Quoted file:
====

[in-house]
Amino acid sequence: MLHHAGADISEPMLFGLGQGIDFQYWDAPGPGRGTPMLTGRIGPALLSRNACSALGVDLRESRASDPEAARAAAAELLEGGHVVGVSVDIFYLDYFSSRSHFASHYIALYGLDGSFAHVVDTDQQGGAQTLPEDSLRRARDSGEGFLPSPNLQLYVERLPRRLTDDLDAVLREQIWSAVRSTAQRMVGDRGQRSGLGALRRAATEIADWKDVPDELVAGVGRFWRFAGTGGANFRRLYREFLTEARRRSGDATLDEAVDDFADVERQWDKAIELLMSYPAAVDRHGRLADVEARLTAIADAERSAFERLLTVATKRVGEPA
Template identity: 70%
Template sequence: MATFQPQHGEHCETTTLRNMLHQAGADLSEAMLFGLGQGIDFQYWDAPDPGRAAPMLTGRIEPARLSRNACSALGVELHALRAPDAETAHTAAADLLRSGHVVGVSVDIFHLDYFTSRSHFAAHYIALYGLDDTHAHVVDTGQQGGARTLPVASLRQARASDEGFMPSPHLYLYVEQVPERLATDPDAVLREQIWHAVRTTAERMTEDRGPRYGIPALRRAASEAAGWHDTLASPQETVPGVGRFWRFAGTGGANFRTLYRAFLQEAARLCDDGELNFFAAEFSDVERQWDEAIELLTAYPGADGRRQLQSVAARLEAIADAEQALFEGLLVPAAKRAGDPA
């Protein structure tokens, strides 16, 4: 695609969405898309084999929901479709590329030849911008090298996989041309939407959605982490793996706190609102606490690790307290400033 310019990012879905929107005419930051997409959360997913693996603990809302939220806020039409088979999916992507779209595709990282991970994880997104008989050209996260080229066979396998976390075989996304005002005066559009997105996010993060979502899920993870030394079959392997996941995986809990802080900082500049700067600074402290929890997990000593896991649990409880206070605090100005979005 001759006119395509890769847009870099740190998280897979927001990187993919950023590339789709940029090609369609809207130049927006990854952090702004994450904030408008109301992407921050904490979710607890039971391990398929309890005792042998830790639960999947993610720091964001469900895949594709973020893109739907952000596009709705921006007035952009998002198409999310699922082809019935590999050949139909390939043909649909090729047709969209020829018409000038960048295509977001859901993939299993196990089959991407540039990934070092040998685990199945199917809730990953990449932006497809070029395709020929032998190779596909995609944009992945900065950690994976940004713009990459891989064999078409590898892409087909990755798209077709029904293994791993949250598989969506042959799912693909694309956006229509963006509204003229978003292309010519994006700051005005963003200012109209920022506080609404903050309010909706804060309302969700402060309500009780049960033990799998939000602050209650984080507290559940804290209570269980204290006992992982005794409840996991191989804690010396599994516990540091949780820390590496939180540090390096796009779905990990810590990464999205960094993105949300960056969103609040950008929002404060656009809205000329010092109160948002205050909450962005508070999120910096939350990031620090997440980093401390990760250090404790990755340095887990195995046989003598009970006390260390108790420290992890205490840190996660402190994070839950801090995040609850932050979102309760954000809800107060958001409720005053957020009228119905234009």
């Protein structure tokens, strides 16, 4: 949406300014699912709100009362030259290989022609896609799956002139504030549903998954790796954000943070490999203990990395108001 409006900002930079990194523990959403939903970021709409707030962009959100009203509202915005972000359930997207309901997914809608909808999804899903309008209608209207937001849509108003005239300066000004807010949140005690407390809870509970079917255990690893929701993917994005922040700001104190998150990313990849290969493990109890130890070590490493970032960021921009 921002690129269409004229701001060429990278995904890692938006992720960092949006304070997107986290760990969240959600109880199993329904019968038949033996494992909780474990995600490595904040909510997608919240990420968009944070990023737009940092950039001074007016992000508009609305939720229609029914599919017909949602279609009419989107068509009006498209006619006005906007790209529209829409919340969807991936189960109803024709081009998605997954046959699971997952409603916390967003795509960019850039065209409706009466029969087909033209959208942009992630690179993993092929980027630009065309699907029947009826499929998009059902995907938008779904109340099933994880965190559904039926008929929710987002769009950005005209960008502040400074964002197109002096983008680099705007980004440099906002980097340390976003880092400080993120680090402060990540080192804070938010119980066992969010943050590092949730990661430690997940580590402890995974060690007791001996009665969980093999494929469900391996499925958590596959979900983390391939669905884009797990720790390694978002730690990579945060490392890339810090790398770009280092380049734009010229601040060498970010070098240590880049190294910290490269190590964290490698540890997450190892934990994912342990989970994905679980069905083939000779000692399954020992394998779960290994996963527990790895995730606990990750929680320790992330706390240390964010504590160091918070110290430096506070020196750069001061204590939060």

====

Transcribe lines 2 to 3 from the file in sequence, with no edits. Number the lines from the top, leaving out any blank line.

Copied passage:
Amino acid sequence: MLHHAGADISEPMLFGLGQGIDFQYWDAPGPGRGTPMLTGRIGPALLSRNACSALGVDLRESRASDPEAARAAAAELLEGGHVVGVSVDIFYLDYFSSRSHFASHYIALYGLDGSFAHVVDTDQQGGAQTLPEDSLRRARDSGEGFLPSPNLQLYVERLPRRLTDDLDAVLREQIWSAVRSTAQRMVGDRGQRSGLGALRRAATEIADWKDVPDELVAGVGRFWRFAGTGGANFRRLYREFLTEARRRSGDATLDEAVDDFADVERQWDKAIELLMSYPAAVDRHGRLADVEARLTAIADAERSAFERLLTVATKRVGEPA
Template identity: 70%